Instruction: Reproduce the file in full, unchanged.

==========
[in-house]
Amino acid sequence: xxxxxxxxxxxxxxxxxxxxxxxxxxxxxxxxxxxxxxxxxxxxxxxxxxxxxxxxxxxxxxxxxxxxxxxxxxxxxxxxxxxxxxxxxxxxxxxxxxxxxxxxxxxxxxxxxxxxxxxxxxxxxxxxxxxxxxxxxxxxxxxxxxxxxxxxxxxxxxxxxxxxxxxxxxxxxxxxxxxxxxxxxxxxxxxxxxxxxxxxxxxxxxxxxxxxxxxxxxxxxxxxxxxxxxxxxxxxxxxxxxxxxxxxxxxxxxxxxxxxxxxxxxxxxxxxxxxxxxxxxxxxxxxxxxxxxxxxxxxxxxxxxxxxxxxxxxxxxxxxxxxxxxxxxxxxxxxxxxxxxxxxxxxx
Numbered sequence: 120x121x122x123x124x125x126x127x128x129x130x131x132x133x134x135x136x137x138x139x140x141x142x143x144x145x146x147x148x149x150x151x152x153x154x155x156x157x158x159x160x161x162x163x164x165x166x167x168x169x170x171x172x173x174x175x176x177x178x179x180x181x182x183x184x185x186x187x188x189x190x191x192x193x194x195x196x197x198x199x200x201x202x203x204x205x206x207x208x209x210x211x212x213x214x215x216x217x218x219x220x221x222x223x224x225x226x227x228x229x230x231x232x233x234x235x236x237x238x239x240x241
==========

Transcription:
[in-house]
Amino acid sequence: xxxxxxxxxxxxxxxxxxxxxxxxxxxxxxxxxxxxxxxxxxxxxxxxxxxxxxxxxxxxxxxxxxxxxxxxxxxxxxxxxxxxxxxxxxxxxxxxxxxxxxxxxxxxxxxxxxxxxxxxxxxxxxxxxxxxxxxxxxxxxxxxxxxxxxxxxxxxxxxxxxxxxxxxxxxxxxxxxxxxxxxxxxxxxxxxxxxxxxxxxxxxxxxxxxxxxxxxxxxxxxxxxxxxxxxxxxxxxxxxxxxxxxxxxxxxxxxxxxxxxxxxxxxxxxxxxxxxxxxxxxxxxxxxxxxxxxxxxxxxxxxxxxxxxxxxxxxxxxxxxxxxxxxxxxxxxxxxxxxxxxxxxxxx
Numbered sequence: 120x121x122x123x124x125x126x127x128x129x130x131x132x133x134x135x136x137x138x139x140x141x142x143x144x145x146x147x148x149x150x151x152x153x154x155x156x157x158x159x160x161x162x163x164x165x166x167x168x169x170x171x172x173x174x175x176x177x178x179x180x181x182x183x184x185x186x187x188x189x190x191x192x193x194x195x196x197x198x199x200x201x202x203x204x205x206x207x208x209x210x211x212x213x214x215x216x217x218x219x220x221x222x223x224x225x226x227x228x229x230x231x232x233x234x235x236x237x238x239x240x241